Most, if not all, cells maintain an unequal distribution of Na+ and K+ against their environment. These two monovalent ions are in constant exchange between the cell and the extracellular space since both ions have proved to be permeable through the cell membrane. The distribution of Na+ and K+ in intact and "sucrose-permeabilized" rat lymphocytes were studied ("sucrose-permeabilization" means homogenization in isotonic sucrose solution). Both the intact and the permeabilized lymphocytes were incubated in Hanks' solution and then transferred into K+, Na(+)-free isotonic sucrose solution. Alternatively, the cells were incubated only in the sucrose solution or in Hanks' solution. The Na+ and K+ content of the cells were determined at the conclusion of each period of incubation in the same or different medium. We found that K+ did not equilibrate under any conditions in intact lymphocytes but Na+ responded to changes of the incubation media. In the permeabilized cells Na+ freely equilibrated with the extracellular medium while K+ did not, although its concentration decreased compared to that of intact cells.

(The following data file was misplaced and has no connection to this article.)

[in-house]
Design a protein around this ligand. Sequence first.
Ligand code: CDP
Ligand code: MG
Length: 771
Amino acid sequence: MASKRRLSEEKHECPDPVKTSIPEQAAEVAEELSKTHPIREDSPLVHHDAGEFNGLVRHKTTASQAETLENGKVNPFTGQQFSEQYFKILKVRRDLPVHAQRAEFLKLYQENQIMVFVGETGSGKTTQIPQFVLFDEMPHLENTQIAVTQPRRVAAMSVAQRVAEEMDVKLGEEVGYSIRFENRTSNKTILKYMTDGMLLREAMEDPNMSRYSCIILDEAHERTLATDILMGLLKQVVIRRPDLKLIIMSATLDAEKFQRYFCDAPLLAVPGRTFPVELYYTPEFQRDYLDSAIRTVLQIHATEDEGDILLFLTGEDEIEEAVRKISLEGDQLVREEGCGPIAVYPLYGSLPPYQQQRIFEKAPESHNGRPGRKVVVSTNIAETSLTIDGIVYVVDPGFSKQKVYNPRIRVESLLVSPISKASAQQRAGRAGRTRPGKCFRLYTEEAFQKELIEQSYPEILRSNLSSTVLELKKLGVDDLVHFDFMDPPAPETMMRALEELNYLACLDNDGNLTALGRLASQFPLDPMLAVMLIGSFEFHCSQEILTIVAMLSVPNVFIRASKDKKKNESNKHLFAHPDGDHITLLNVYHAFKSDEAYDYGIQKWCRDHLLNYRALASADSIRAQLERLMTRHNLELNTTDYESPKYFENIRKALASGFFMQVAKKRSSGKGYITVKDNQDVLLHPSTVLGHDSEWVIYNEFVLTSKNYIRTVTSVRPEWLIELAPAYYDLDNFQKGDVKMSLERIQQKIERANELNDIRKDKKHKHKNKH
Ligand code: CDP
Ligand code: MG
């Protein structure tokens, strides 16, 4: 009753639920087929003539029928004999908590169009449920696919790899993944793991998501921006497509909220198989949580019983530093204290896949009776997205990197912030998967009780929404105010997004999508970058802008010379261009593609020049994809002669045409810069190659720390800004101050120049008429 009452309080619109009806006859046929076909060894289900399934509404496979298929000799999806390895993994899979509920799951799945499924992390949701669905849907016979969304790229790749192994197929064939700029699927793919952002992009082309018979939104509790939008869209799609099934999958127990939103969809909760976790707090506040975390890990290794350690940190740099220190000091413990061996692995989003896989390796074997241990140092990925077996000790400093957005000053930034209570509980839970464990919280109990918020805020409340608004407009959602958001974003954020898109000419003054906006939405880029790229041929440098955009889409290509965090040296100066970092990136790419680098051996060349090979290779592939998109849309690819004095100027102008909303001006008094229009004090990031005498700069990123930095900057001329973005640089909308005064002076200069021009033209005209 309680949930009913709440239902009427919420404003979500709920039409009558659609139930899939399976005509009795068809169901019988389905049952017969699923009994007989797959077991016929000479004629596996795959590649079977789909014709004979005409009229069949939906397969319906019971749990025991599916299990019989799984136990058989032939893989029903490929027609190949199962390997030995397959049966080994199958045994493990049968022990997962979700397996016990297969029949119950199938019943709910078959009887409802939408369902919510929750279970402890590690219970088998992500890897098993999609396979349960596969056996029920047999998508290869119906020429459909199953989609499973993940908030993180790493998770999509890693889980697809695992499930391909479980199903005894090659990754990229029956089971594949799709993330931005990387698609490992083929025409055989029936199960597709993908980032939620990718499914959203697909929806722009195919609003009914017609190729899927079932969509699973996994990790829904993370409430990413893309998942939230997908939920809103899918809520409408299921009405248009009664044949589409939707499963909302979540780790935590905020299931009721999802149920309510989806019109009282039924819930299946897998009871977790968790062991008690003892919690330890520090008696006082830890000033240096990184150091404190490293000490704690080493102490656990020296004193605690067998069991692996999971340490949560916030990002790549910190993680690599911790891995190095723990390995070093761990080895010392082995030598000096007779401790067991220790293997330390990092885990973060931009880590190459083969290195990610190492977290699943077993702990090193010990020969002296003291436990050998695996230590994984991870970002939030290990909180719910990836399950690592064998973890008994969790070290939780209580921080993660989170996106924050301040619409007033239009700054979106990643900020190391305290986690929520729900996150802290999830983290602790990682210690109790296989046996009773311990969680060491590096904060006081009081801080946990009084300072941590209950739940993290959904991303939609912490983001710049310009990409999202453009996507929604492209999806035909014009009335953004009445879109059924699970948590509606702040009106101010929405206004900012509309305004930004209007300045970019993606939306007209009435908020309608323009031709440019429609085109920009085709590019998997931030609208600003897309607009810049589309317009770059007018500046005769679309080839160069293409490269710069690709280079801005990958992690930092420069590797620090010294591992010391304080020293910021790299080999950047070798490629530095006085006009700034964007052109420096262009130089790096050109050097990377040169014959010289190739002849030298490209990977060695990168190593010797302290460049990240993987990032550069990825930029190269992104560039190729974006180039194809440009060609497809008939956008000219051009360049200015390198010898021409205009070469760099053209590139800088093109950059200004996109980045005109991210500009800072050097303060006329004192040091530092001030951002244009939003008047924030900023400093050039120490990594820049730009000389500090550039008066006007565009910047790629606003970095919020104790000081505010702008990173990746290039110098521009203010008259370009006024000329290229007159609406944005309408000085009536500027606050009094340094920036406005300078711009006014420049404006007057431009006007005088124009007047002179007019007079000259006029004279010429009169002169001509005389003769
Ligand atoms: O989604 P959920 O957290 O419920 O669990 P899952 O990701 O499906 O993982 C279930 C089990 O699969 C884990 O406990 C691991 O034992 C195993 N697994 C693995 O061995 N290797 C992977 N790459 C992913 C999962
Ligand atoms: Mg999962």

|Number of pages||8|
|Journal||Physiological chemistry and physics and medical NMR|
|Publication status||Published - 1992|
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